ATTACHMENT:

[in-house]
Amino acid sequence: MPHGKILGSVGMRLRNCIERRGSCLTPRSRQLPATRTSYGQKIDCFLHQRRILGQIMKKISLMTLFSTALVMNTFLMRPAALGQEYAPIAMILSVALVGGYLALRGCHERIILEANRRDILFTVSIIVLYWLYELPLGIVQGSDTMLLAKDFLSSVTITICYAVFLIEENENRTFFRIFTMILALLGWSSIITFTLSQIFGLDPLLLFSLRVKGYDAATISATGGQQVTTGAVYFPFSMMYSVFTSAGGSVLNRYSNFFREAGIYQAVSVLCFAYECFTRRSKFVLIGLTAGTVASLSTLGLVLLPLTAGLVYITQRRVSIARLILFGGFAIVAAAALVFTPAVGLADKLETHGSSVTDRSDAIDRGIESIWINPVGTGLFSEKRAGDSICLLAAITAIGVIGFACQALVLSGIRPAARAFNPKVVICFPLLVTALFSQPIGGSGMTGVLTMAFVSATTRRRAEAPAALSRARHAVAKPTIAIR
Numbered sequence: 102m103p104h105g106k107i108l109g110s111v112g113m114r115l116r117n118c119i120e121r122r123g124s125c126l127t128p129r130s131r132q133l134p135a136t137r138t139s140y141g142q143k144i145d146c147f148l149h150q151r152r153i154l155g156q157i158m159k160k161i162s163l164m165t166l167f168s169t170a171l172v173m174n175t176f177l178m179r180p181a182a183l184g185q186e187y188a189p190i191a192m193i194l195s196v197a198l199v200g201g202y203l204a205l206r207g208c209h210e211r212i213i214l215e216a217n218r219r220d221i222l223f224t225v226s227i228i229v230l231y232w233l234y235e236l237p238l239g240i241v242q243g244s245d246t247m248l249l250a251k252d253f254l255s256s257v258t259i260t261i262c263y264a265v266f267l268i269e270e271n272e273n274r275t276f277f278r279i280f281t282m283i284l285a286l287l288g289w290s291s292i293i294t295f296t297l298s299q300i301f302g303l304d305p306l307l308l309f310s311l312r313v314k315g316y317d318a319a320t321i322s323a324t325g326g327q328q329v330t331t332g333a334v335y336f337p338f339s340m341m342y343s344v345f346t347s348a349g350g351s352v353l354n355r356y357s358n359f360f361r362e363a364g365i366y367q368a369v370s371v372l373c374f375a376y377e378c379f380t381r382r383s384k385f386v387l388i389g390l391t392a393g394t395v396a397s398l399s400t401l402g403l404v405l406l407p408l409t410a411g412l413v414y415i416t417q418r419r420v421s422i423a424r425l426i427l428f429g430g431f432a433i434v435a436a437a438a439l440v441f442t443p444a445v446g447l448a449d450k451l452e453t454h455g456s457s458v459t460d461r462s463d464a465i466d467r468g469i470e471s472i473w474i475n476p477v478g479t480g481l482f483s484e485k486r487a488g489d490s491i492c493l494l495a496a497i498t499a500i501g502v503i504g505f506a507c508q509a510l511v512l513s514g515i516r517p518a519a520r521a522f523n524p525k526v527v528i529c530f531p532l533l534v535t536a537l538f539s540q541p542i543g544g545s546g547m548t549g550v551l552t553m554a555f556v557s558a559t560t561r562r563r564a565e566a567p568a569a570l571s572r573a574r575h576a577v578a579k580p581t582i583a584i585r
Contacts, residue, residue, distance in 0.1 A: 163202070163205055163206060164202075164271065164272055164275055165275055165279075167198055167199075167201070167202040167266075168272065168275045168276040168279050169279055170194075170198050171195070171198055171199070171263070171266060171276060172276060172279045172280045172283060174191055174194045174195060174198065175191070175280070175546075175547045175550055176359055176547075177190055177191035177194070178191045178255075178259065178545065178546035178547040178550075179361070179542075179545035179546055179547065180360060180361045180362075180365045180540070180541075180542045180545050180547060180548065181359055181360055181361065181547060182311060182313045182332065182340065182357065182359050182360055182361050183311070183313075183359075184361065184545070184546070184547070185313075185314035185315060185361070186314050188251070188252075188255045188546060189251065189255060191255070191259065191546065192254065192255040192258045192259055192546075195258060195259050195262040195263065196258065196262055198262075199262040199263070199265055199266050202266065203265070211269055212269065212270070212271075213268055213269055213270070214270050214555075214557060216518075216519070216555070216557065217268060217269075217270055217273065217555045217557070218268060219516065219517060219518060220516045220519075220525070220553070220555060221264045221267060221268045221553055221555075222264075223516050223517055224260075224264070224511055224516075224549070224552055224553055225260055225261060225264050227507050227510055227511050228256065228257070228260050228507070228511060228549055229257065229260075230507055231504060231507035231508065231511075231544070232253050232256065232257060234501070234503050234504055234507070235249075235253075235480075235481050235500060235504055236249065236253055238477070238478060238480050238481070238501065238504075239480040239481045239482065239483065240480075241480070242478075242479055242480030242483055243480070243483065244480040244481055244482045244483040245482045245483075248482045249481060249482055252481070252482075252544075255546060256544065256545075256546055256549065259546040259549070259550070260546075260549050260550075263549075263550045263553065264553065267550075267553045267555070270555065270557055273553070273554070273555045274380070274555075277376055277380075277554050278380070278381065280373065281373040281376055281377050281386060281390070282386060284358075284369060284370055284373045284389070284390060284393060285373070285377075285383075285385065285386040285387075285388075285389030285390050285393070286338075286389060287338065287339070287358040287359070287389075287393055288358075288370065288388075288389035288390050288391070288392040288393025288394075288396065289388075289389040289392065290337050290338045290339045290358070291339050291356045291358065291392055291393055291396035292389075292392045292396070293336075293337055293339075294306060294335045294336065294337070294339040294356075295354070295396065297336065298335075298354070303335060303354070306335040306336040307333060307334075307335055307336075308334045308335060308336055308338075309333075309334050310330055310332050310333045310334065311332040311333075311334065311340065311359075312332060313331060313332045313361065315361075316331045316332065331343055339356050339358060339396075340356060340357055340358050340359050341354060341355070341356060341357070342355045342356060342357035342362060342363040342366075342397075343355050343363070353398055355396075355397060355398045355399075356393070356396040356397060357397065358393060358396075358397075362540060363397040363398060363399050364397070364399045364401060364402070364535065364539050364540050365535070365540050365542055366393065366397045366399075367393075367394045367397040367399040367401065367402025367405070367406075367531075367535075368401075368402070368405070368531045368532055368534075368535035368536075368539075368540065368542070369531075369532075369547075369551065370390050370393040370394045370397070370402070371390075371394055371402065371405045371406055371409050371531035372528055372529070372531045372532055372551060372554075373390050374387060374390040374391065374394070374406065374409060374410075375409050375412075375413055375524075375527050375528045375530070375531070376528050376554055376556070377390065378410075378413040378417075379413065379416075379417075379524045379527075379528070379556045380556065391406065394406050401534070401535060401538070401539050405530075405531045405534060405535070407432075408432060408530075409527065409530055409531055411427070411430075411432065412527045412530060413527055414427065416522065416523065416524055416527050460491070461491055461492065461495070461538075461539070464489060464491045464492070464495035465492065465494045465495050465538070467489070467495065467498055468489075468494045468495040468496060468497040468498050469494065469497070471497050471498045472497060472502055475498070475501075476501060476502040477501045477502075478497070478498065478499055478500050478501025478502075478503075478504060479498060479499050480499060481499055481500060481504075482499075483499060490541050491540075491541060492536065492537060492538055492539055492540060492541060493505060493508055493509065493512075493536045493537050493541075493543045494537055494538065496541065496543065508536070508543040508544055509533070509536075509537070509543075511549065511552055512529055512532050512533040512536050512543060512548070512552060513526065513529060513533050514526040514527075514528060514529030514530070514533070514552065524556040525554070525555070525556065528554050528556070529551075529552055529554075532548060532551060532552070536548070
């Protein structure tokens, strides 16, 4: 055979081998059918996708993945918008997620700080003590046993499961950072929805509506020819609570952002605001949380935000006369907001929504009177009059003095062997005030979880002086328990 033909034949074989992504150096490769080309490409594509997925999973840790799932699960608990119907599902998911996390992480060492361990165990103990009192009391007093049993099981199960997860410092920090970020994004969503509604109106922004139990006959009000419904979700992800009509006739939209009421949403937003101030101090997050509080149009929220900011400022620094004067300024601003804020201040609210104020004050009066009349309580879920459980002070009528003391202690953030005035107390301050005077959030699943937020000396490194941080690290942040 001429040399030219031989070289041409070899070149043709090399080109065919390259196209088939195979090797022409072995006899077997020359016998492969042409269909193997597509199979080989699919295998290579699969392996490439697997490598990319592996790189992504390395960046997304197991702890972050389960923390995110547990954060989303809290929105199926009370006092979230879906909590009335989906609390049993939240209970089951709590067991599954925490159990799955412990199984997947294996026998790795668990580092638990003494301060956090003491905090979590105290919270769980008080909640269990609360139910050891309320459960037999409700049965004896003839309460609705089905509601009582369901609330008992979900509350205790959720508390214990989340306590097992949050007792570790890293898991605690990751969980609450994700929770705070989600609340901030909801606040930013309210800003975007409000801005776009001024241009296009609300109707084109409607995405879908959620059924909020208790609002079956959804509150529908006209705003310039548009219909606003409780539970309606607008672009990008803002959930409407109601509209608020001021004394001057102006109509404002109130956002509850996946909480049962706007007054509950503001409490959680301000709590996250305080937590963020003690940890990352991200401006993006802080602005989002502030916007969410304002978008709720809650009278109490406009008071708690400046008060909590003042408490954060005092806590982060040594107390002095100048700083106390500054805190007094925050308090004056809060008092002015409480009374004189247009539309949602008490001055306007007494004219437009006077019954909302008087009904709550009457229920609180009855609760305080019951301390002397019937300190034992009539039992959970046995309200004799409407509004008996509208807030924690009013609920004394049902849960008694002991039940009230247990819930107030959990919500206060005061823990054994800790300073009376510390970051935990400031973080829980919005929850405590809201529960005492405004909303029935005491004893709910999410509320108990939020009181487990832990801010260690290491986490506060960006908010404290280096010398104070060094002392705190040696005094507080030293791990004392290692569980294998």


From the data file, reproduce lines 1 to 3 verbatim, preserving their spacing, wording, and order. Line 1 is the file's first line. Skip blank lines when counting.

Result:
[in-house]
Amino acid sequence: MPHGKILGSVGMRLRNCIERRGSCLTPRSRQLPATRTSYGQKIDCFLHQRRILGQIMKKISLMTLFSTALVMNTFLMRPAALGQEYAPIAMILSVALVGGYLALRGCHERIILEANRRDILFTVSIIVLYWLYELPLGIVQGSDTMLLAKDFLSSVTITICYAVFLIEENENRTFFRIFTMILALLGWSSIITFTLSQIFGLDPLLLFSLRVKGYDAATISATGGQQVTTGAVYFPFSMMYSVFTSAGGSVLNRYSNFFREAGIYQAVSVLCFAYECFTRRSKFVLIGLTAGTVASLSTLGLVLLPLTAGLVYITQRRVSIARLILFGGFAIVAAAALVFTPAVGLADKLETHGSSVTDRSDAIDRGIESIWINPVGTGLFSEKRAGDSICLLAAITAIGVIGFACQALVLSGIRPAARAFNPKVVICFPLLVTALFSQPIGGSGMTGVLTMAFVSATTRRRAEAPAALSRARHAVAKPTIAIR
Numbered sequence: 102m103p104h105g106k107i108l109g110s111v112g113m114r115l116r117n118c119i120e121r122r123g124s125c126l127t128p129r130s131r132q133l134p135a136t137r138t139s140y141g142q143k144i145d146c147f148l149h150q151r152r153i154l155g156q157i158m159k160k161i162s163l164m165t166l167f168s169t170a171l172v173m174n175t176f177l178m179r180p181a182a183l184g185q186e187y188a189p190i191a192m193i194l195s196v197a198l199v200g201g202y203l204a205l206r207g208c209h210e211r212i213i214l215e216a217n218r219r220d221i222l223f224t225v226s227i228i229v230l231y232w233l234y235e236l237p238l239g240i241v242q243g244s245d246t247m248l249l250a251k252d253f254l255s256s257v258t259i260t261i262c263y264a265v266f267l268i269e270e271n272e273n274r275t276f277f278r279i280f281t282m283i284l285a286l287l288g289w290s291s292i293i294t295f296t297l298s299q300i301f302g303l304d305p306l307l308l309f310s311l312r313v314k315g316y317d318a319a320t321i322s323a324t325g326g327q328q329v330t331t332g333a334v335y336f337p338f339s340m341m342y343s344v345f346t347s348a349g350g351s352v353l354n355r356y357s358n359f360f361r362e363a364g365i366y367q368a369v370s371v372l373c374f375a376y377e378c379f380t381r382r383s384k385f386v387l388i389g390l391t392a393g394t395v396a397s398l399s400t401l402g403l404v405l406l407p408l409t410a411g412l413v414y415i416t417q418r419r420v421s422i423a424r425l426i427l428f429g430g431f432a433i434v435a436a437a438a439l440v441f442t443p444a445v446g447l448a449d450k451l452e453t454h455g456s457s458v459t460d461r462s463d464a465i466d467r468g469i470e471s472i473w474i475n476p477v478g479t480g481l482f483s484e485k486r487a488g489d490s491i492c493l494l495a496a497i498t499a500i501g502v503i504g505f506a507c508q509a510l511v512l513s514g515i516r517p518a519a520r521a522f523n524p525k526v527v528i529c530f531p532l533l534v535t536a537l538f539s540q541p542i543g544g545s546g547m548t549g550v551l552t553m554a555f556v557s558a559t560t561r562r563r564a565e566a567p568a569a570l571s572r573a574r575h576a577v578a579k580p581t582i583a584i585r